cheque

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cheque

a BILL OF EXCHANGE drawn on a banker, payable on demand. A cheque operates as a mandate or authority to the drawee's bank to pay the party named as drawer and debit the account of its customer, the drawer. Cheques are essentially negotiable instruments and may be negotiated by indorsement. The Bills of Exchange Act 1882, however, provides that a cheque may be crossed. In this case the cheque should be presented for payment by a bank (rather than the person named as drawee). If accompanied by the words ‘not negotiable’, this has the effect that the cheque cannot be negotiated, and the words ‘account payee’ or ‘account payee only’ mean that the cheque cannot be passed on to another.
Collins Dictionary of Law © W.J. Stewart, 2006
References in periodicals archive ?
"A ban on third-party cheques may make it difficult for a handful of investors, but it will prevent such frauds and should be enforced," says Dhirendra Kumar, CEO of Value Research.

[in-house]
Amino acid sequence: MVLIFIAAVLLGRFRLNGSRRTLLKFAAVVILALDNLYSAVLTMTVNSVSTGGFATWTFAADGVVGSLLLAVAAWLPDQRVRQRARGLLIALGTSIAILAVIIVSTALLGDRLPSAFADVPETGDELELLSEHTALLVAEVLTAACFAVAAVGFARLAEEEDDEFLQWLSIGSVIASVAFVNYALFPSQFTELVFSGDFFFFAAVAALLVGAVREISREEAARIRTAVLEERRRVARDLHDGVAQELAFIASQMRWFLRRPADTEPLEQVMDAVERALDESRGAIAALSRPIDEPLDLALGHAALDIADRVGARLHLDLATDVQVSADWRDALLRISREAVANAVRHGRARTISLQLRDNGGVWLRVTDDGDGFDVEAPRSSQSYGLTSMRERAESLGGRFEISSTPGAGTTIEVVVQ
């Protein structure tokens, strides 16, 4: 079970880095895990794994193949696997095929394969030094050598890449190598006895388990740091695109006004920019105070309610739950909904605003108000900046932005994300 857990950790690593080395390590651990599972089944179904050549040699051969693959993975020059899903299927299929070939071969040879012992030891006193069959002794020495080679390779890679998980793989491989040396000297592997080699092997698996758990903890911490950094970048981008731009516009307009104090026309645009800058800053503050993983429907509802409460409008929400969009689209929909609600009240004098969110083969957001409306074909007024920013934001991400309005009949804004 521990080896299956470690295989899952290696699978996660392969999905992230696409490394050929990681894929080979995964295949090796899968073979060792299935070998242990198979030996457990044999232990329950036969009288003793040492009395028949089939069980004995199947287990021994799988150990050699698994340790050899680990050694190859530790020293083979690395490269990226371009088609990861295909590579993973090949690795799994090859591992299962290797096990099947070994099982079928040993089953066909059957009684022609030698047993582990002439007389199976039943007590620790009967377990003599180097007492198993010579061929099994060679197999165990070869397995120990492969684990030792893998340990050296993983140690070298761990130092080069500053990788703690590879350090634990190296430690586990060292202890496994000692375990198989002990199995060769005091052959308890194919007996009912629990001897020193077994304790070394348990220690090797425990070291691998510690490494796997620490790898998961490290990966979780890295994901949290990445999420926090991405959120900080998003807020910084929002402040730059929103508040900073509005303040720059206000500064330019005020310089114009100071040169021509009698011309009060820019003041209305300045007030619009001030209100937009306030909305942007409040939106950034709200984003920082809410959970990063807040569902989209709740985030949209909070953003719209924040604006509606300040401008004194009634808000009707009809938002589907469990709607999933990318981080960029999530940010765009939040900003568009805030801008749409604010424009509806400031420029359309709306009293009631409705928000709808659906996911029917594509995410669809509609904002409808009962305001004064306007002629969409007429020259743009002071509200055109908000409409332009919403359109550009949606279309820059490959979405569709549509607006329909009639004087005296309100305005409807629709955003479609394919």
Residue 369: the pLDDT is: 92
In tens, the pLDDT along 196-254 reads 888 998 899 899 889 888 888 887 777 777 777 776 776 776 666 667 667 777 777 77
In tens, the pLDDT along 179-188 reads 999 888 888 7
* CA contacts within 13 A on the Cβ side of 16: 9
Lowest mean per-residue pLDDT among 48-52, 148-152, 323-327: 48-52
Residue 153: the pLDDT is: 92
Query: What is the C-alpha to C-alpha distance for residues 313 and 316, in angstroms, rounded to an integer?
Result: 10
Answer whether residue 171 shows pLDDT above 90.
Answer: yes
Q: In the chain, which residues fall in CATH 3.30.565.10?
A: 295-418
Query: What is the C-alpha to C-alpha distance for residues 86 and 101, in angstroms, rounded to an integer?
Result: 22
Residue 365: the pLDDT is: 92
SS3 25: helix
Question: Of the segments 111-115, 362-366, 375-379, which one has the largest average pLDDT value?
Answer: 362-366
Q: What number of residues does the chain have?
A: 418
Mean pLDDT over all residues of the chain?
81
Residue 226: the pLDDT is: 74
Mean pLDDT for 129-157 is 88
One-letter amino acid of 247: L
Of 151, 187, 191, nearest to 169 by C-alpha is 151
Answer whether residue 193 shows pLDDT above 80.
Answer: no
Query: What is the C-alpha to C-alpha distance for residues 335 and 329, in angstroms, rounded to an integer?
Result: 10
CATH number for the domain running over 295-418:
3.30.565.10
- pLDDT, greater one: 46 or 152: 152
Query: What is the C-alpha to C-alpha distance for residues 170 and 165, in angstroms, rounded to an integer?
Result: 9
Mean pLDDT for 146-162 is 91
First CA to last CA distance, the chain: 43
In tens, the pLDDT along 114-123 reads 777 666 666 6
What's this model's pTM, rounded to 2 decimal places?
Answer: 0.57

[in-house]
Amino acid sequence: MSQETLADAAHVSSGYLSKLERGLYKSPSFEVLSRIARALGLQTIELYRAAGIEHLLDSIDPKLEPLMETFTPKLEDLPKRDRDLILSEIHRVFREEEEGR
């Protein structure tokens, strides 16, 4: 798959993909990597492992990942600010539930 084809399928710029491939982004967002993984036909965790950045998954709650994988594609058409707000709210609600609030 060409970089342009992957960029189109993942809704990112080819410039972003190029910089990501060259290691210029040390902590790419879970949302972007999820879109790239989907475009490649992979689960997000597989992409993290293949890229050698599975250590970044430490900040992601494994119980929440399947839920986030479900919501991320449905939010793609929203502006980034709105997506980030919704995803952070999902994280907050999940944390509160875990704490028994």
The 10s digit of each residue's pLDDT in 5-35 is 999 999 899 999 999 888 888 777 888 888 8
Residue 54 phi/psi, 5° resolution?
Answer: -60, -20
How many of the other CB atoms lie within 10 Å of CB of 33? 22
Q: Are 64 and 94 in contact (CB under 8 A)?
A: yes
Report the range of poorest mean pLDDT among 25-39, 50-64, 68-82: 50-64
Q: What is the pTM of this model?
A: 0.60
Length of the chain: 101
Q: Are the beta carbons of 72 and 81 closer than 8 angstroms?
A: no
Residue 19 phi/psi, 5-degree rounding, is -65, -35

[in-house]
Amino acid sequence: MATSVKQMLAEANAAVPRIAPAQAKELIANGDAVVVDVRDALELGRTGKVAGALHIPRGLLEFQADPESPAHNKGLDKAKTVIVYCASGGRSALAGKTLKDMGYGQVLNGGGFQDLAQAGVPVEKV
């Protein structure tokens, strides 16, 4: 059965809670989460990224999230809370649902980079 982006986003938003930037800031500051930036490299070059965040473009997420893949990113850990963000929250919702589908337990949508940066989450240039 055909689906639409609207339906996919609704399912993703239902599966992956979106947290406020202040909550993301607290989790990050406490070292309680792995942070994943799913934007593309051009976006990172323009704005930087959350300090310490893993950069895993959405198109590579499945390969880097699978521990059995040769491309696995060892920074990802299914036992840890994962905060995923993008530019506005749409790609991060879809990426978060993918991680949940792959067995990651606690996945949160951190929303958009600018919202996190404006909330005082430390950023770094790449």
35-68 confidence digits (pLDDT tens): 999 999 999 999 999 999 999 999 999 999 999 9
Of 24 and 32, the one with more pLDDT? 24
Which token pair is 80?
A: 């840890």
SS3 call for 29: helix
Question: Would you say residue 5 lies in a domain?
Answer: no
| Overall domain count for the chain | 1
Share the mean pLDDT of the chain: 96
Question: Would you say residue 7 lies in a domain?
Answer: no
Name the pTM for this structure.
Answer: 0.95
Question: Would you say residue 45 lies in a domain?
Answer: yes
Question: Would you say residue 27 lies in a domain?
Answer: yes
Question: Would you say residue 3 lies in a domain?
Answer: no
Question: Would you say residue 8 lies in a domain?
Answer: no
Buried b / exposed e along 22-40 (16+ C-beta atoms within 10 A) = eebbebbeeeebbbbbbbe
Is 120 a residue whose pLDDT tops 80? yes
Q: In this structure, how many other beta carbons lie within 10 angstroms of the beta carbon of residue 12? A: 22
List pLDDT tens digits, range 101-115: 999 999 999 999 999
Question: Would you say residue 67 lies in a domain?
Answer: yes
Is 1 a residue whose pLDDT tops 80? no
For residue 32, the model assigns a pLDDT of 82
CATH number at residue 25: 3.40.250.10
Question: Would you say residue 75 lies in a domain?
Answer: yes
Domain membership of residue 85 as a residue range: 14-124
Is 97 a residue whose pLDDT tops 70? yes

Apart from mutual funds, a host of financial transaction allows one to use third-party cheques. One can argue that thirdparty payments should be allowed for urgent transactions, such as bill payments and EMIs, because the borrower may be facing an emergency.
"Banning third-party cheques will also curtail misuse of the facility to transfer wealth or hold pseudo investments," says Rajesh Krishnamoorthy, managing director of iFast Financial Advisers, an online distributor of funds.

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